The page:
As plans for the megacity develop, Saudi Arabia has appointed Banque Saudi Franci CEO, Rayan Fayez, as the first-ever deputy CEO of its NEOM project. Described by the US-Saudi Business Council as “the most ambitious project on earth,” NEOM is a $500 billion “zero-carbon, renewable energy powered smart city” that Saudi Arabia plans to build in its northwestern Tabuk Province.
NEOM was announced by Saudi Crown Prince Mohammad bin Salman in 2017 as part of the Saudi Vision 2030 framework, which aims to reduce Saudi economic dependence on oil, develop the country’s public sector, and increase government military expenditure. Situated between Egypt and Jordan, NEOM itself will mainly serve the first of these goals. The organization responsible for Saudi sovereign wealth, the Public Investment Fund, has said the city’s “strategic location will…facilitate the zone’s rapid emergence as a global hub that connects Asia, Europe, and Africa.”
Though it is intended to strengthen Saudi Arabia’s position within the global trade network, NEOM will be semiautonomous, operating on a judicial system independent of its parent country’s. As a transnational city, it will stretch to encompass swaths of Jordanian and Egyptian land. 26,500 square kilometers of the area will be Saudi Arabian, and Egypt has agreed to allow the project 1,000 square kilometers of its South Sinai governate.
Less information is available regarding a potential Jordanian contribution of land. A February 3rd article from the Jordanian News Agency Petra tells of a meeting between Jordanian Prime Minister Bishr Khasawneh and Chairman of the Saudi Shura Council Abdullah Al Sheikh, explicitly mentioning NEOM in its recap of the leaders’ discussion of their countries’ security and economies. However, it does not discuss whether Jordan is amenable to the project, let alone whether the country has decided to support it.
Arab News likewise reports that Saudi Arabia is seeking “cooperation with Jordan” to propel the project, but it does not explicitly state whether Jordan has accepted Saudi Arabia’s “terms of collaboration.”
Whatever Jordan’s opinion of NEOM, Saudi Arabia has proceeded in developing the region. Funding, which has come from private investors and the Public Investment Fund, has become a pressing matter. Fayaz has been appointed to manage project finances. “At some point,” Arab News writes, NEOM “needs to generate income and manage a complex system of consolidated balance sheets for all of its upcoming subsidiaries.” Fayaz will oversee such needs. Further, with him in charge of finances, NEOM CEO, Nadhmi Al-Nasr, will be free to focus on the engineering aspects of the city.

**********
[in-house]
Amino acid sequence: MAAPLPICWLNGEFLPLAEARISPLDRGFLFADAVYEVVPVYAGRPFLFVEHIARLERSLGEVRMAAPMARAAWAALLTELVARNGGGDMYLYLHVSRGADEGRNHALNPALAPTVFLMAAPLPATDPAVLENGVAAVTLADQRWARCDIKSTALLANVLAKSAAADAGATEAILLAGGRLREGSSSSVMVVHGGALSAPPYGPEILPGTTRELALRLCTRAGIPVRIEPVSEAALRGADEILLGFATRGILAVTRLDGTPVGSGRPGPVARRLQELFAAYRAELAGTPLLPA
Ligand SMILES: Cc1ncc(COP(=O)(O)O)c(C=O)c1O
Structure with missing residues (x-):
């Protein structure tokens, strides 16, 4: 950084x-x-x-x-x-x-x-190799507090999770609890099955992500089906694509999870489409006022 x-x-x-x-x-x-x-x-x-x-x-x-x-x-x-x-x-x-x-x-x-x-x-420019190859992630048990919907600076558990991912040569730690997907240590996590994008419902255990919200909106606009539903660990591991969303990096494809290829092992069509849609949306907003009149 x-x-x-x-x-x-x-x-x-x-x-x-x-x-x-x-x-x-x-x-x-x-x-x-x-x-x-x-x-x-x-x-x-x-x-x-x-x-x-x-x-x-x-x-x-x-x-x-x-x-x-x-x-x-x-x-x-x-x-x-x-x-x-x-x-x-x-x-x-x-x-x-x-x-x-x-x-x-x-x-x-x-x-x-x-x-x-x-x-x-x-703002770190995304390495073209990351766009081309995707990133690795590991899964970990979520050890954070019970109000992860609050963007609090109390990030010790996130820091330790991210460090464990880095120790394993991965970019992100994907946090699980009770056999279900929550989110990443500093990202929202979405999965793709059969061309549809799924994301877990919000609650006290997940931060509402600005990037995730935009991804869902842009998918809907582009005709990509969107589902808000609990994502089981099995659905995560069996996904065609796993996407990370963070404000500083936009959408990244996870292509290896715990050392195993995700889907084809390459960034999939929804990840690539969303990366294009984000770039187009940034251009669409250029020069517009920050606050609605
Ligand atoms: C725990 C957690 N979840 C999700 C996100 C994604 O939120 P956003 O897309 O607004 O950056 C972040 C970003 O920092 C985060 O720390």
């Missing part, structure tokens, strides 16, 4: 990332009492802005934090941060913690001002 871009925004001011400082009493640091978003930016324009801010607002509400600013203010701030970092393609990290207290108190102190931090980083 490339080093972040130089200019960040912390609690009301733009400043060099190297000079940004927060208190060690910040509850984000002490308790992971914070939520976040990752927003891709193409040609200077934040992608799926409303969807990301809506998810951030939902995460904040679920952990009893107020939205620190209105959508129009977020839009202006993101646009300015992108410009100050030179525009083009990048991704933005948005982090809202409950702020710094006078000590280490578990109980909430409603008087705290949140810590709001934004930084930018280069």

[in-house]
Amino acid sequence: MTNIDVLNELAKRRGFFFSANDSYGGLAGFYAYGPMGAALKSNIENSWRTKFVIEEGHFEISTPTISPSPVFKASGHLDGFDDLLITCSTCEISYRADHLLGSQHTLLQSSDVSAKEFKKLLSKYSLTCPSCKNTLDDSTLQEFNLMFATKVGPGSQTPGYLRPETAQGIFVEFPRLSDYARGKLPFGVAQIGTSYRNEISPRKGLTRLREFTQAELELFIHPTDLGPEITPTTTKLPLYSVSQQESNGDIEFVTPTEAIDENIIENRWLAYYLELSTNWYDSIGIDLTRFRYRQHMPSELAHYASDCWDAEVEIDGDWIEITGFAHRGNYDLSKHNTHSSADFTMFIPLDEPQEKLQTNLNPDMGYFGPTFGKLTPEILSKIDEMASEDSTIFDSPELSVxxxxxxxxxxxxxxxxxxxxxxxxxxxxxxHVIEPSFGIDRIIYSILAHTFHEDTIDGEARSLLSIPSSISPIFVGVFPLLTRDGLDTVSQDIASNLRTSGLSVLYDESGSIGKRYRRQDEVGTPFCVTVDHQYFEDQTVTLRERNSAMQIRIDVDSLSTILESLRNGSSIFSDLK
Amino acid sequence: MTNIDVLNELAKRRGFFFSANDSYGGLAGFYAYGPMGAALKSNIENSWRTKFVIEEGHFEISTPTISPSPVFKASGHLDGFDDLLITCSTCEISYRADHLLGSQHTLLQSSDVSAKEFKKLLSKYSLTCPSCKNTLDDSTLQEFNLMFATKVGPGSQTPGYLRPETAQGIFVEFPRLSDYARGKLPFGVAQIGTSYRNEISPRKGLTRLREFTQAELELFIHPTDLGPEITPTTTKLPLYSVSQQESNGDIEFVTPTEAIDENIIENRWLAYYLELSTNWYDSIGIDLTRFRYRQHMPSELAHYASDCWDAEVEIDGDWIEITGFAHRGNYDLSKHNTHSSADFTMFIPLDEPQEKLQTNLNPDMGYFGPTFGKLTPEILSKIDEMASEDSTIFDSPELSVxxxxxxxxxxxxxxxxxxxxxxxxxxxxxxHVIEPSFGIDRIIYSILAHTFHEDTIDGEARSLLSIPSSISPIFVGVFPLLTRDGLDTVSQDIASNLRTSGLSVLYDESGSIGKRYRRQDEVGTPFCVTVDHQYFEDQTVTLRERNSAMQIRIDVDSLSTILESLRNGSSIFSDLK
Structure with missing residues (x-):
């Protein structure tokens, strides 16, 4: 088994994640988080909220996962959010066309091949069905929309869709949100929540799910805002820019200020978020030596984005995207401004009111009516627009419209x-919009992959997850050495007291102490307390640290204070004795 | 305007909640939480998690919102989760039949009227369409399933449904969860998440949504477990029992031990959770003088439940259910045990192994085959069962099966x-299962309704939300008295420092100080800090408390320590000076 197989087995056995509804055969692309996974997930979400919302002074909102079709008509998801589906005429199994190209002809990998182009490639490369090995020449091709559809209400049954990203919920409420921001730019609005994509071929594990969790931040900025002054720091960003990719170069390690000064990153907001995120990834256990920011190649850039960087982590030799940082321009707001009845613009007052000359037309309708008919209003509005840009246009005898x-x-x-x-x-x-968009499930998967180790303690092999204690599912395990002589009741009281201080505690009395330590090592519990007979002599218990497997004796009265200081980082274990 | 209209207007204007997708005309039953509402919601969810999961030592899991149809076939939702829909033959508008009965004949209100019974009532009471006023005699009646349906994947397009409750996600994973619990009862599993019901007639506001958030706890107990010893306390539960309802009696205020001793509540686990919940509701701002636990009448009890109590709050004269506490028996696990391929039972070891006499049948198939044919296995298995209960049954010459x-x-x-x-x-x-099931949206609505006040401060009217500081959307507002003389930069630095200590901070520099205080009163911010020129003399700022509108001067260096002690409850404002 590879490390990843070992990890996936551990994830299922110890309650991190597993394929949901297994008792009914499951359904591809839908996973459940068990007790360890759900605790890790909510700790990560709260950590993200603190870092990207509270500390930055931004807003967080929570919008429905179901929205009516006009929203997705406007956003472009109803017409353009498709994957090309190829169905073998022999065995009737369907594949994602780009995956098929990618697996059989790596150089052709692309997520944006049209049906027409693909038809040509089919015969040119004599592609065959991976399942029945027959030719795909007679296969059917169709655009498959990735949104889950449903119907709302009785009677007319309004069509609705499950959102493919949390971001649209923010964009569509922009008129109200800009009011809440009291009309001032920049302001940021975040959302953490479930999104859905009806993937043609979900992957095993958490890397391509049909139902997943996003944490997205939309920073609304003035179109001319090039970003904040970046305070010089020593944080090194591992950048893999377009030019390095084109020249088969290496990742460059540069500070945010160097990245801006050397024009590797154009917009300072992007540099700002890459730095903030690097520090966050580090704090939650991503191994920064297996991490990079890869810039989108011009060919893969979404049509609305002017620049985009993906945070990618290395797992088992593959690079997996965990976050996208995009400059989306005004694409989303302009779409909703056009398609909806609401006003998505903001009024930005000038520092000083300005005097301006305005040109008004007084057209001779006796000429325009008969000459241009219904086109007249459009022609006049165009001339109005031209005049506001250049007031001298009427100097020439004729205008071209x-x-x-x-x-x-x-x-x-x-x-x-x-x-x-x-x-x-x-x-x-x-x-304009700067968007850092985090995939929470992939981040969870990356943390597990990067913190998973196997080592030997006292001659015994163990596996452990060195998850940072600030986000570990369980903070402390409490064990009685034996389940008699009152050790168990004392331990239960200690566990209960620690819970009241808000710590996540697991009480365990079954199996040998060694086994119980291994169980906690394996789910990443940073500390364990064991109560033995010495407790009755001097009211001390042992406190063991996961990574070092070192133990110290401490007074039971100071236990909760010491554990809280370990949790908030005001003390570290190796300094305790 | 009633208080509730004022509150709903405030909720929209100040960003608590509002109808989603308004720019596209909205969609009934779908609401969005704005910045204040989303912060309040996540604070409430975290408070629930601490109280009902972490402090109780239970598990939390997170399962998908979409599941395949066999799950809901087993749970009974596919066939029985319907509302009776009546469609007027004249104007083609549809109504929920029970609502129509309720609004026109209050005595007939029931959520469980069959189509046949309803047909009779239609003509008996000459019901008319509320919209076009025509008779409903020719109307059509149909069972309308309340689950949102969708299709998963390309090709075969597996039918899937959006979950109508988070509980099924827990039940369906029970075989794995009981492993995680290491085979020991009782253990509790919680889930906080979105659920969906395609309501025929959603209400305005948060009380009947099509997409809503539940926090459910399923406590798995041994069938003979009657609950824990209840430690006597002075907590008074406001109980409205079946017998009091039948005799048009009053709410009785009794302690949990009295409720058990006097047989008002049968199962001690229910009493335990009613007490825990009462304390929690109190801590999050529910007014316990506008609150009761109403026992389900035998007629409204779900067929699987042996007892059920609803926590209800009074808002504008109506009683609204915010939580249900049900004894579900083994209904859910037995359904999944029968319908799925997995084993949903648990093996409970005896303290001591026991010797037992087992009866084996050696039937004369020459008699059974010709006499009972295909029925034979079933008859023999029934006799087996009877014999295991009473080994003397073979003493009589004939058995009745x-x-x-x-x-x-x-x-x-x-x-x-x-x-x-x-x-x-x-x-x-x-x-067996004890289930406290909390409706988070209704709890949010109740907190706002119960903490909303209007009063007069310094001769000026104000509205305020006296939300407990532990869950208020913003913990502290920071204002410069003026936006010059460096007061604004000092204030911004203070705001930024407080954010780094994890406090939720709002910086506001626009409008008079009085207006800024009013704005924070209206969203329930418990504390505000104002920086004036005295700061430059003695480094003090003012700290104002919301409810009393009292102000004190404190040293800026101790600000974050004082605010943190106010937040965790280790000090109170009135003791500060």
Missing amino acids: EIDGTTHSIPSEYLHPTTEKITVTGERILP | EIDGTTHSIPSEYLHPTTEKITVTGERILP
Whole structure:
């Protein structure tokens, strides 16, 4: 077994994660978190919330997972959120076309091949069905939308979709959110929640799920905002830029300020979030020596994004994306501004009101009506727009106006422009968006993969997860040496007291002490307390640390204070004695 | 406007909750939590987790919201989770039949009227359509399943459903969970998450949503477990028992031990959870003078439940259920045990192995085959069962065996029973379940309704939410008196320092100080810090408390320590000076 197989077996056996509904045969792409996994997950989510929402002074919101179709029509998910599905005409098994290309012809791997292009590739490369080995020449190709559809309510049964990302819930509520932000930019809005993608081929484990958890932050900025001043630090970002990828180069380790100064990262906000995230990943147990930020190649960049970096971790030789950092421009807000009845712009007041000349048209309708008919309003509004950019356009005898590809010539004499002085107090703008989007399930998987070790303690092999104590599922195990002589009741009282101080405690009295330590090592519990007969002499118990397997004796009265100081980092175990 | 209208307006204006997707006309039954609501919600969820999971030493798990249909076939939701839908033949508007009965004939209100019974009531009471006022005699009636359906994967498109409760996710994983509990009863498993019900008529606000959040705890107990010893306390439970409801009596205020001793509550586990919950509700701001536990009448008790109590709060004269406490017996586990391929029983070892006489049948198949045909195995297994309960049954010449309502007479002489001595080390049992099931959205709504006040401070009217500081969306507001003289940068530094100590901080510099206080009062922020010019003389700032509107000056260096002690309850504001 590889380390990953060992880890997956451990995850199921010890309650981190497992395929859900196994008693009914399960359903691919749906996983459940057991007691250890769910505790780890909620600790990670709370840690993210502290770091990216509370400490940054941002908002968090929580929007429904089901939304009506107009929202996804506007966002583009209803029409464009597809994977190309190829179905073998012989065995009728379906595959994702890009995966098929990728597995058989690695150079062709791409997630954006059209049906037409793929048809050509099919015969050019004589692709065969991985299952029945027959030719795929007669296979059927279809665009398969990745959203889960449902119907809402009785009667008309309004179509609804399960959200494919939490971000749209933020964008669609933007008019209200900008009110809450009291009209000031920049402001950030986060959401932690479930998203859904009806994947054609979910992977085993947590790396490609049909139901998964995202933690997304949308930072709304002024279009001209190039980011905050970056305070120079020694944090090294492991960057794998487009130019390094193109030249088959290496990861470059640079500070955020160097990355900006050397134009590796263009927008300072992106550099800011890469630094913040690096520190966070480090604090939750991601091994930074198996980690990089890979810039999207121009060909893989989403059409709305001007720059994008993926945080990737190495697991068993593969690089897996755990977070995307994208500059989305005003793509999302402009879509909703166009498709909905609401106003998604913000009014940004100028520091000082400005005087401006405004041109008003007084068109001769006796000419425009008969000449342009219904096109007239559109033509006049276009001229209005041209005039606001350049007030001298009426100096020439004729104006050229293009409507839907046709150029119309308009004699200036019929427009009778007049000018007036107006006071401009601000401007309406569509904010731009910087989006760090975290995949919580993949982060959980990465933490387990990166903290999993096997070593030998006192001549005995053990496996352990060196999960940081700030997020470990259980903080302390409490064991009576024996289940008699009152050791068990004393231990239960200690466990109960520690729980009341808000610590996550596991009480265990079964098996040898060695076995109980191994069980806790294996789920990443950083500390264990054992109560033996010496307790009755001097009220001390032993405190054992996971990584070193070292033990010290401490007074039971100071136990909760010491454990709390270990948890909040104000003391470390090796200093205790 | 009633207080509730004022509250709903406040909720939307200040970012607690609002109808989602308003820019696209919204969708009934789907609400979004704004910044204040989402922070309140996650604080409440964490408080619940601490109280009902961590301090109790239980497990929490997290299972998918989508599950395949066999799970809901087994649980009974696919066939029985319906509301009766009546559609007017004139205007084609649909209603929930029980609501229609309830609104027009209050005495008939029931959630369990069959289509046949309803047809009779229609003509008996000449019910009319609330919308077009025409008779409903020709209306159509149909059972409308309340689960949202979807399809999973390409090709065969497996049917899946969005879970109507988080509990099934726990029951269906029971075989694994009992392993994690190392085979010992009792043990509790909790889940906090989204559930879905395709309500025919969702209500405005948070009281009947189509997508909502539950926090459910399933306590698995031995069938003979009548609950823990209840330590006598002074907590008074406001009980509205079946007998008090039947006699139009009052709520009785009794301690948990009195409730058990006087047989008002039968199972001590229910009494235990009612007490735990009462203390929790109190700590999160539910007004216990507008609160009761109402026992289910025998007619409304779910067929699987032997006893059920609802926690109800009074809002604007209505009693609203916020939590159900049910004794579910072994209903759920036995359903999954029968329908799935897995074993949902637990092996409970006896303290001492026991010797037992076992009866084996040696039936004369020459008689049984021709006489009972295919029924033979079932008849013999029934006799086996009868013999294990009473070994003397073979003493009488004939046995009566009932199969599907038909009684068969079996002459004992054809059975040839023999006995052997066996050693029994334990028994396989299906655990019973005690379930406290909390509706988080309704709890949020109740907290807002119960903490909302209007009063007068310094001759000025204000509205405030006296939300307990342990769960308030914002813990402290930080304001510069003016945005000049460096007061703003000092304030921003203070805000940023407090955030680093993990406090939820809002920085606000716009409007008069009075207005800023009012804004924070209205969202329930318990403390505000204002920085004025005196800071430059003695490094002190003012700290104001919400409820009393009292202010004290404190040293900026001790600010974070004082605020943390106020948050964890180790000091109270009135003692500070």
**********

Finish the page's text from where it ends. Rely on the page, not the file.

Plans paint a picture of a NEOM that will be powered solely by clean energy, namely wind and solar. The city will also produce substitutions for the oil Saudi Arabia currently exports: The US Air Products & Chemicals, Inc. has announced that it will build the world’s largest green hydrogen plant in NEOM. Additionally, Mohammad bin Salman has expressed that Saudia Arabia intends for robots to have a presence in the city. “Everything will have a link with artificial intelligence, with the Internet of Things—everything.” The city itself, located as it is in the middle of a desert, between mountains and the Red Sea, will be a feat of engineering in its own right. According to the plans, it will be thirty-three times the size of New York City.
The city’s name comes from the Ancient Greek Neo- (“new”) and the Arabic Mustaqbal (“future”). Time will tell what Saudi Arabia is able to create.